Bladder cancer: a brief guide
Every year over 21,500 people are diagnosed with bladder cancer (58 people every day) making it one of the ten most common cancers in the UK.
In the UK bladder cancer accounts for 4.5% of all new cancer cases and over 100,000 people are living with this form of cancer.
Bladder cancer has a high mortality rate of around 50% and diagnosis can often be late. Approximately 25% of all cases are diagnosed at a late stage, particularly in women.
Patient outcomes can be considerably improved by early diagnosis – up to 80% survival rate if caught early enough – so we want to raise awareness both among the public and GPs of the symptoms and the need to take action much earlier.
Bladder cancer affects all ages, both men and women, with almost three quarters of cases occurring in men and has the highest recurrence rate of any known cancer – up to 80%.
Recognising the signs and symptoms of bladder cancer
Bladder cancer is a growth of abnormal tissue (called a tumour), which forms in the lining of the bladder. For some people, the tumour may grow further into the other layers of the bladder. As the cancer grows into the other layers in the bladder, it becomes more advanced and harder to treat.
Bladder cancers are classified based on how far they have invaded into the wall of the bladder:
- Non-muscle invasive bladder cancers are still in the inner layer of cells (the transitional epithelium) and the thin middle layer (the lamina propria) but have not grown into the deeper layers.
- Muscle invasive bladder cancers grow beyond the epithelium into the deeper layers of muscle. These types of tumours are more difficult to treat and are more likely to spread.
The most common symptom of bladder cancer is blood in your urine. You may notice streaks of blood in your urine or the blood may turn your urine brown. The blood isn’t always noticeable and it may come and go.
Less common symptoms of bladder cancer include:
- a need to urinate on a more frequent basis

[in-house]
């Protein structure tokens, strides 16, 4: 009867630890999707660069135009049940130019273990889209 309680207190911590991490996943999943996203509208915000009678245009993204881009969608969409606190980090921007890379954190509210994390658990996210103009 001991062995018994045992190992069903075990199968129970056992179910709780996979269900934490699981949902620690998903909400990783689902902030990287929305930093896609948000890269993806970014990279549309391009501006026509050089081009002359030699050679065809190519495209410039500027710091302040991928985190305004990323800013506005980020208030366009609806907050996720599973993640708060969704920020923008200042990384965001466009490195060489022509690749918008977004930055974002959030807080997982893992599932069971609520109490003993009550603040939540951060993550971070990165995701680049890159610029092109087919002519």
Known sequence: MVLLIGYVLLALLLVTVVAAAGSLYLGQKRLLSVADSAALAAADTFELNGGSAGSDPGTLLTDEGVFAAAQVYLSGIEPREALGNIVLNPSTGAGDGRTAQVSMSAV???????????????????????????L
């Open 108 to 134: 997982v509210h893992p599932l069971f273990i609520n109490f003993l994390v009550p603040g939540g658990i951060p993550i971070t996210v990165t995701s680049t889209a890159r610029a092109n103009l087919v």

- sudden urges to urinate
- a burning sensation when passing urine
If bladder cancer reaches an advanced stage and has spread, symptoms can include:
- pelvic pain
- bone pain
- unintentional weight loss
- swelling of the legs
If you have blood in your urine – even if it comes and goes – you should visit your GP, so the cause can be investigated.
Understanding the risk factors for bladder cancer
Bladder cancer is caused by changes to the cells of the bladder. It’s often linked with exposure to certain chemicals, but the cause isn’t always known.
Factors that can significantly increase your risk of developing bladder cancer include:
- Smoking is the single biggest risk factor for bladder cancer. This is because tobacco contains cancer-causing (carcinogenic) chemicals. It’s estimated that more than a third of all cases of bladder cancer are caused by smoking. People who smoke may be up to four times more likely to develop bladder cancer than non-smokers.
- Exposure to certain industrial chemicals is the second biggest risk factor. Previous studies have estimated that this may account for around 25% of cases.
Some non-manufacturing jobs have also been linked to an increased risk of bladder cancer. These include taxi or bus drivers, as a result of their regular exposure to the chemicals present in diesel fumes.
Other factors that can increase your risk of bladder cancer include:
- radiotherapy to treat previous cancers near the bladder, such as bowel cancer
- previous treatment with certain chemotherapy medications
- having certain treatments for type 2 diabetes
- having a tube in your bladder (an indwelling catheter) for a long time, because you have nerve damage that has resulted in paralysis
- long-term or repeated urinary tract infections (UTIs)
- long-term bladder stones
- an untreated infection called schistosomiasis (bilharzia), which is caused by a parasite that lives in fresh water – this is very rare in the UK
How bladder cancer spreads
Bladder cancer usually begins in the cells of the bladder lining. In some cases, it may spread into surrounding bladder muscle. If the cancer penetrates this muscle, it can spread to other parts of the body, usually through the lymphatic system.
If bladder cancer spreads to other parts of the body, such as other organs, it’s known as metastatic bladder cancer.
Bladder cancer diagnosis
If you have symptoms of bladder cancer, such as blood in your urine, you should see a GP.
Your GP may ask about your symptoms, family history and whether you’ve been exposed to any possible causes of bladder cancer, such as smoking.
In some cases, your GP may request a urine sample, so it can be tested in a laboratory for traces of blood, bacteria or abnormal cells.
Your GP may also carry out a physical examination of your rectum and vagina, as bladder cancer sometimes causes a noticeable lump that presses against them.
If your doctor suspects bladder cancer, you’ll be referred to a hospital for further tests, which could include:
- A cystoscopy
- A CT scan or an MRI scan
- An intravenous (IV) urogram
Exploring the treatment options for bladder cancer